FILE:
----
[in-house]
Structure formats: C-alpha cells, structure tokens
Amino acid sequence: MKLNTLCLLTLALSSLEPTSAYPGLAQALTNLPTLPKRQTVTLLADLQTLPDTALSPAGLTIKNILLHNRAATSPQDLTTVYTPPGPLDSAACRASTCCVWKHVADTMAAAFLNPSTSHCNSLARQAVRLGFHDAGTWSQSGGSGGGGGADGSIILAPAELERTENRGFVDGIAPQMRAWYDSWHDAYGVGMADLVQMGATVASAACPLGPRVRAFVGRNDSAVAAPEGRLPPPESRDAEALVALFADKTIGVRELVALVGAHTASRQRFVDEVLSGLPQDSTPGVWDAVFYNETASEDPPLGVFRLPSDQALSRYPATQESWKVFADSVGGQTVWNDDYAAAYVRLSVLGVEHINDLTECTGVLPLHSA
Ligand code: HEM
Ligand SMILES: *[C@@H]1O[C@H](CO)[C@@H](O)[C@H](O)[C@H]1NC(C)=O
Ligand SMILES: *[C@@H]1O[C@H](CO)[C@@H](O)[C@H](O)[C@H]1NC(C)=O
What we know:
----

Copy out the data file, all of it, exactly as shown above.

[in-house]
Structure formats: C-alpha cells, structure tokens
Amino acid sequence: MKLNTLCLLTLALSSLEPTSAYPGLAQALTNLPTLPKRQTVTLLADLQTLPDTALSPAGLTIKNILLHNRAATSPQDLTTVYTPPGPLDSAACRASTCCVWKHVADTMAAAFLNPSTSHCNSLARQAVRLGFHDAGTWSQSGGSGGGGGADGSIILAPAELERTENRGFVDGIAPQMRAWYDSWHDAYGVGMADLVQMGATVASAACPLGPRVRAFVGRNDSAVAAPEGRLPPPESRDAEALVALFADKTIGVRELVALVGAHTASRQRFVDEVLSGLPQDSTPGVWDAVFYNETASEDPPLGVFRLPSDQALSRYPATQESWKVFADSVGGQTVWNDDYAAAYVRLSVLGVEHINDLTECTGVLPLHSA
Ligand code: HEM
Ligand SMILES: *[C@@H]1O[C@H](CO)[C@@H](O)[C@H](O)[C@H]1NC(C)=O
Ligand SMILES: *[C@@H]1O[C@H](CO)[C@@H](O)[C@H](O)[C@H]1NC(C)=O
What we know: